Attack on Titan's First Animated Movie Fixes a Big Problem

Kotaku EastEast is your slice of Asian internet culture, bringing you the latest talking points from Japan, Korea, China and beyond. Tune in every morning from 4am to 8am.

This past weekend saw the release of the first Attack on Titan compilation movie—Attack on Titan: The Crimson Bow and Arrow. And while viewers of the anime will have seen everything in this film before, the movie does manage to address the series' largest flaw: the pacing.

Advertisement

Good – Ups the Quality

To start, there is a clear improvement of visuals in The Crimson Bow and Arrow when compared to the TV series. While many of the shots are taken directly from the anime, they have obviously been retouched to be cleaner and more detailed. Moreover, some of the dynamic scenes of Eren and the others swinging through the city of Trost are new to this film, making what was already the coolest-looking part of the anime even cooler. Simply put, Attack on Titan has never looked better.

Good – Trims the Fat

Advertisement

The Crimson Bow and Arrow covers the first story arc of Attack on Titan, namely the prologue and the battle for Trost. In the TV anime, this arc takes 13 episodes—around 4 hours and 45 minutes. The movie, in contrast, tells the whole story in a mere 2 hours. To accomplish this, a large amount has been cut. The movie begins just as the series does, showing the fall of Wall Maria. The film then jumps directly to Eren’s graduation ceremony before going into the battle proper which takes up the rest of its runtime.

These cuts serve to vastly improve the pace of the film. Gone are the lengthy exposition and the conversations designed to do little more than fill out an episode's runtime. Thus, everything is much more focused and to the point. Scenes never go on for too long, and there is a good back and forth of action and drama scenes throughout.

Advertisement

Mixed – Less Development

Advertisement

Of course there are also downsides that come from cuts—especially as it relates to the supporting cast. The Crimson Bow and Arrow skips the entirety of Eren's training. Thus the supporting characters who were all introduced in this section of the story lack their backstories in the film. And without backstories—i.e., knowing where they have come from and what their personalities were originally like—they aren't able to develop as characters either.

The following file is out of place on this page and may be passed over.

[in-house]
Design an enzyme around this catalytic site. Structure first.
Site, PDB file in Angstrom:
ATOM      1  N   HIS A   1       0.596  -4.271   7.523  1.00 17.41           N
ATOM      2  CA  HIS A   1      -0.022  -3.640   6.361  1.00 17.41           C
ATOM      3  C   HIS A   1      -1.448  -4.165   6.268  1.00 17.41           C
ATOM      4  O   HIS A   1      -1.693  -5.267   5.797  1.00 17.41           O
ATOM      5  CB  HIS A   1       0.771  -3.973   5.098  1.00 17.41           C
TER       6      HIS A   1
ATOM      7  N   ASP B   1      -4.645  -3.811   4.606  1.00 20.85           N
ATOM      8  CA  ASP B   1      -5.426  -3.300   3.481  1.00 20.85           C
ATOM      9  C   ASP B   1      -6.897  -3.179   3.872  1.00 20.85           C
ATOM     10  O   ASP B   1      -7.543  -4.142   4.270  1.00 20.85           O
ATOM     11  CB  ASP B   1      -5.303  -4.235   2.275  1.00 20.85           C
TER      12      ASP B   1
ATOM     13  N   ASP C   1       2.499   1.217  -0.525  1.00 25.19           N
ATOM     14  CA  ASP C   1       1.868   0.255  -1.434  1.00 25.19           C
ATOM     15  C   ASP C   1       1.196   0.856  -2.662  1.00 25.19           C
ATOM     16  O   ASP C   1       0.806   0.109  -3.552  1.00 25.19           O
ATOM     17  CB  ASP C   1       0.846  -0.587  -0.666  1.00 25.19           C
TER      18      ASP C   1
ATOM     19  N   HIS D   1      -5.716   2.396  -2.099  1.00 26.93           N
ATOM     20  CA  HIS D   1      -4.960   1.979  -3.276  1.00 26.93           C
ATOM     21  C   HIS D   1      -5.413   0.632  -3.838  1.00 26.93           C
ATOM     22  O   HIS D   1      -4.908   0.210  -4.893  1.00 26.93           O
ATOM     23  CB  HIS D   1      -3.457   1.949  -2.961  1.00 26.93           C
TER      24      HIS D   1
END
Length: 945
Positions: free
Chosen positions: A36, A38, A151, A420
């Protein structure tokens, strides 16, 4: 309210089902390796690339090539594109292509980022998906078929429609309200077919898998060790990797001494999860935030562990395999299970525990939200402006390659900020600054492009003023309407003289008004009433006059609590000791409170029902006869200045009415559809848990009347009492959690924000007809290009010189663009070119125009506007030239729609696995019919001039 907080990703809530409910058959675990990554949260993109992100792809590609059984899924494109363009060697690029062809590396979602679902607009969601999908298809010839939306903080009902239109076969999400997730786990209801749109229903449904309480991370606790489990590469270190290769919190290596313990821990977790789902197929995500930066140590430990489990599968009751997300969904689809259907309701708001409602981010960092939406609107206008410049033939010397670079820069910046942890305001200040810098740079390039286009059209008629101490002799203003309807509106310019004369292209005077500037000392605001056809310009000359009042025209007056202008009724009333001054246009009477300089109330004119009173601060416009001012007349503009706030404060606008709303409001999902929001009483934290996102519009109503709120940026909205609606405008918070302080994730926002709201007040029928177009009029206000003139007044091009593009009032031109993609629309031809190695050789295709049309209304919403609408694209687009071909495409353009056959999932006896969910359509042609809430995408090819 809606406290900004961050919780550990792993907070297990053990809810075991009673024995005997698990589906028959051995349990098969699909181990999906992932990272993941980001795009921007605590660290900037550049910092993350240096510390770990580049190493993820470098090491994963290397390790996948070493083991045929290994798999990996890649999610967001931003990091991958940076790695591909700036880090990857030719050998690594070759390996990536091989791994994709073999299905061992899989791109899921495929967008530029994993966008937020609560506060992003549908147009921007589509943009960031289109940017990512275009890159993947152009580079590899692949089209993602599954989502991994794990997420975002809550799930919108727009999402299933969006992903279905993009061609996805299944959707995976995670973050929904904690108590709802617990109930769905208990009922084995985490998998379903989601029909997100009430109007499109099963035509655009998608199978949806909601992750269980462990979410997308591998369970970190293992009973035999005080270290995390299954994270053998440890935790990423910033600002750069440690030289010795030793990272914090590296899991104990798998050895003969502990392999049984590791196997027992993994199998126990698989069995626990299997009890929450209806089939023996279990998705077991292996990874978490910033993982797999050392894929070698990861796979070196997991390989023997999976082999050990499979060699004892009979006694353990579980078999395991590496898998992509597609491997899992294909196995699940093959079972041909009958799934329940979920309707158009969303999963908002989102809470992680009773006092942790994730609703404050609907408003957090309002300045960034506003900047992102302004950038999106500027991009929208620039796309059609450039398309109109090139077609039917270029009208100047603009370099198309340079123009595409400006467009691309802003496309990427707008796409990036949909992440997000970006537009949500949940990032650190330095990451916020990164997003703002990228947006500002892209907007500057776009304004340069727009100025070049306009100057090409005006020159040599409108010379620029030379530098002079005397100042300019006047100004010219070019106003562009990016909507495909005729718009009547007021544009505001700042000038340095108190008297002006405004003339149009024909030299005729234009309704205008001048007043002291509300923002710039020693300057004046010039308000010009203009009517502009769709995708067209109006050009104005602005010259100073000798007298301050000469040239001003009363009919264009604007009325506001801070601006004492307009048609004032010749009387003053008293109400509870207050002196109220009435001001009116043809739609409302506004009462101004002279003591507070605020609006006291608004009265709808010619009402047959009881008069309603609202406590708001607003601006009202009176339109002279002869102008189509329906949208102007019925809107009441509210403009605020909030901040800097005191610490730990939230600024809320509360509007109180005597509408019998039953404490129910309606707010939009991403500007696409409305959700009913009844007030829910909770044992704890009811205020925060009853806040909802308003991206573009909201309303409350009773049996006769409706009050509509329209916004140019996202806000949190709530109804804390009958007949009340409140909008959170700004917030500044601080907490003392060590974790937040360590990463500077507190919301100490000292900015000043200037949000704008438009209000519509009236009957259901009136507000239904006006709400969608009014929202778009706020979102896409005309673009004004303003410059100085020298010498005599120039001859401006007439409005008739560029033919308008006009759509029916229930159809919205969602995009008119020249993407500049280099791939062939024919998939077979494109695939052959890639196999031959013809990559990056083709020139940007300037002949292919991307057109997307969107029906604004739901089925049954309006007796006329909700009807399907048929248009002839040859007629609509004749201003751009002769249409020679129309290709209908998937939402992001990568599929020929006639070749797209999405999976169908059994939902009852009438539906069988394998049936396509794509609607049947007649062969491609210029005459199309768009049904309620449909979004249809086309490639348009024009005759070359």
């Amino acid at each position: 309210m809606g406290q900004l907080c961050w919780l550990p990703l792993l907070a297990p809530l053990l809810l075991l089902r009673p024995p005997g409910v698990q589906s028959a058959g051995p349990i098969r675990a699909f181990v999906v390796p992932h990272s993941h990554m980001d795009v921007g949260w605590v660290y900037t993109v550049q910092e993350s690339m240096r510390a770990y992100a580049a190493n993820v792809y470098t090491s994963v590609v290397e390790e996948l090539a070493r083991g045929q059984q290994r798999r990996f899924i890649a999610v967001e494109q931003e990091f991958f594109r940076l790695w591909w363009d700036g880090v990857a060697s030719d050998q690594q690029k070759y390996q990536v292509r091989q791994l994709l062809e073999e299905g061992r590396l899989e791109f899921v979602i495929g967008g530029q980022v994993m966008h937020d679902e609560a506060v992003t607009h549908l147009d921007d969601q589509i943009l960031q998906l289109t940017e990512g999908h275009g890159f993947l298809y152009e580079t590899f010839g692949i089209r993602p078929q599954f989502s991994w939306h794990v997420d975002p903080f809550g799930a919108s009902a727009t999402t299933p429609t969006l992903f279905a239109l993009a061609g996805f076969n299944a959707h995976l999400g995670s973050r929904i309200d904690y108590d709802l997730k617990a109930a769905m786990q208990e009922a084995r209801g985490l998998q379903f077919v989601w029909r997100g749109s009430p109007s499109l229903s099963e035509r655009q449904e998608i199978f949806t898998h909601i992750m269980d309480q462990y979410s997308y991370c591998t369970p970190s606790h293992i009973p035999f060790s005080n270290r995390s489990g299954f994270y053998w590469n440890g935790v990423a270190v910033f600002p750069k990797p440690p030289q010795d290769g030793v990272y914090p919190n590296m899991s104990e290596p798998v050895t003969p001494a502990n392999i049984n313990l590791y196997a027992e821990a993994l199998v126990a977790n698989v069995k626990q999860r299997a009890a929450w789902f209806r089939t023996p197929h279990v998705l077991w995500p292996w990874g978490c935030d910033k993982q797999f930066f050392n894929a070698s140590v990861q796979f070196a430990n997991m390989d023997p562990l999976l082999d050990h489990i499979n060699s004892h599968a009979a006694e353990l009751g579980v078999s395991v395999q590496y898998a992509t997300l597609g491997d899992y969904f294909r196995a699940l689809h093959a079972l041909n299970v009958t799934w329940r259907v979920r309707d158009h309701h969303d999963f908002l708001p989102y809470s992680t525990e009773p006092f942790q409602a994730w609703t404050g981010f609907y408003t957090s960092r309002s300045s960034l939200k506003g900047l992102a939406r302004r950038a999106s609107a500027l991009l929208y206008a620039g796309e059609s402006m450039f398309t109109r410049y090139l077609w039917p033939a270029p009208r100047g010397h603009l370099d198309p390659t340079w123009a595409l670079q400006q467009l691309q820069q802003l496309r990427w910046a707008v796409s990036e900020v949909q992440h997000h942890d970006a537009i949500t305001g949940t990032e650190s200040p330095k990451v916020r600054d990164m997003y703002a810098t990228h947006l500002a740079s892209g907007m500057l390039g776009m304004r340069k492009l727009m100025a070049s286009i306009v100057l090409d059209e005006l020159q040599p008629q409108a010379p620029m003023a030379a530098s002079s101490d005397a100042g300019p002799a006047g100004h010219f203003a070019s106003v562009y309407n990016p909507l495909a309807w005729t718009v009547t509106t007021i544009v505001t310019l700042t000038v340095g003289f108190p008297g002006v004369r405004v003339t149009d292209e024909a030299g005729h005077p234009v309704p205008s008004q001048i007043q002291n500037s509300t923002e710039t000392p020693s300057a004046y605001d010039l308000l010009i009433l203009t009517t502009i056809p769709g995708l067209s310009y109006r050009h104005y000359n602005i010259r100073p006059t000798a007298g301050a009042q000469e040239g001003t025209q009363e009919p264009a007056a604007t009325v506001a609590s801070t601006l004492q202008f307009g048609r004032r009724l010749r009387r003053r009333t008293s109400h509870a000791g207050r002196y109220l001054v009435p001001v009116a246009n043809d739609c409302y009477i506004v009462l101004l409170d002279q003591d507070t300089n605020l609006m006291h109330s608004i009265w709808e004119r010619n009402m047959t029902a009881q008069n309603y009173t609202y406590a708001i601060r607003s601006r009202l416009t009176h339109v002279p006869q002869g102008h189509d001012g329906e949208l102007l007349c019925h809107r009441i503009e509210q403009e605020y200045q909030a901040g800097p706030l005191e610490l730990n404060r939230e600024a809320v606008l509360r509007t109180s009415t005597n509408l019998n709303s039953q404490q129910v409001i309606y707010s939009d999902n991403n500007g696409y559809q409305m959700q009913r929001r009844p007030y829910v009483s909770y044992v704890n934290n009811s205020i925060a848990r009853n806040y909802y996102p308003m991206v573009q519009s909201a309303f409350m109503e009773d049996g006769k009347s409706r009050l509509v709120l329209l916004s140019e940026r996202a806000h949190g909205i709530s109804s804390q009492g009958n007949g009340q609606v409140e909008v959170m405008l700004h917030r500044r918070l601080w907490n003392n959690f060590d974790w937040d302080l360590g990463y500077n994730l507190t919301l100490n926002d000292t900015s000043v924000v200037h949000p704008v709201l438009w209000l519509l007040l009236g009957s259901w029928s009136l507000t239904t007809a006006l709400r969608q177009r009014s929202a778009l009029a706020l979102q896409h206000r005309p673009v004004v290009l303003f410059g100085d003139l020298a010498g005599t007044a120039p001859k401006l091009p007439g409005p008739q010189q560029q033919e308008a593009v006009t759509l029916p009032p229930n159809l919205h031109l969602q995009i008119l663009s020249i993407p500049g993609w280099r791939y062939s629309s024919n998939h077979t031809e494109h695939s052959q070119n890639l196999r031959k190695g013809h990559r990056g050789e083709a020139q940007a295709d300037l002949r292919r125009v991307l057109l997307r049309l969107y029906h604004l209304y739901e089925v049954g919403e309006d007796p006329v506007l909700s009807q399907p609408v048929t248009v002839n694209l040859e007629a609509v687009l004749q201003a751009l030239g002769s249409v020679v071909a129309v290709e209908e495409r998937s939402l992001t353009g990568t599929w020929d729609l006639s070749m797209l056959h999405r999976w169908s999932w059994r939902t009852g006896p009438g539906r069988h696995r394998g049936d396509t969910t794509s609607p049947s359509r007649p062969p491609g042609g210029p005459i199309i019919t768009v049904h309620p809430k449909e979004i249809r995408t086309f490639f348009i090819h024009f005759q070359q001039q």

This is also a problem for the main leads as well—specifically Eren and Mikasa—though to a lesser extent. While the prologue is nearly unchanged from the series, Eren and Mikasa's first encounter is abridged to a series of short flashbacks that total about ten seconds each.

Advertisement

However, in an odd twist, The Crimson Bow and Arrow feels more like an ensemble story than does the series from which it is cut. Despite there being less overall development of the supporting cast, they get a far greater proportion of the screen time when compared to that of the series. In other words, while Leon's backstory has been cut, all his scenes in Trost remain intact, making him feel like a much more important character because of how often we see him. The same is true for various other supporting characters.

Bad – A Climax With Less Impact

Advertisement

For the most part, the soundtrack in the film is identical to that of the series—except in one glaring case. In the series, the climax of the Battle of Trost (when Eren attempts to carry a huge boulder while Mikasa, Armin, and the others protect him) is set to a powerful and triumphant rock ballad. It fits the climax well and makes the scene feel even more important than usual, thanks to the unique score. However, the film replaces it with more generic background music—the same as the other music heard constantly throughout both the TV show and film. It robs the scene of much of its impact and, comparatively, makes the climax a bit of a letdown.

Final Thoughts

Advertisement

As far as anime compilation films go, Attack on Titan: The Crimson Bow and Arrow is a darn good one. It tells the core story well, hitting the most important emotional and dramatic moments of the plot. It also makes the story flow more smoothly as it never gets bogged down in lengthy exposition for too long—though character development in general does suffer as a result. If you enjoyed the series but thought that it often dragged or you want to know what Attack on Titan is all about but don't have time for the series, Attack on Titan: The Crimson Bow and Arrow is for you.

Attack on Titan: The Crimson Bow and Arrow was released in Japanese theaters on November 22, 2014.

Advertisement

Kotaku East is your slice of Asian internet culture, bringing you the latest talking points from Japan, Korea, China and beyond. Tune in every morning from 4am to 8am.

To contact the author of this post, write to BiggestinJapan@gmail.com or find him on Twitter @BiggestinJapan.

Share This Story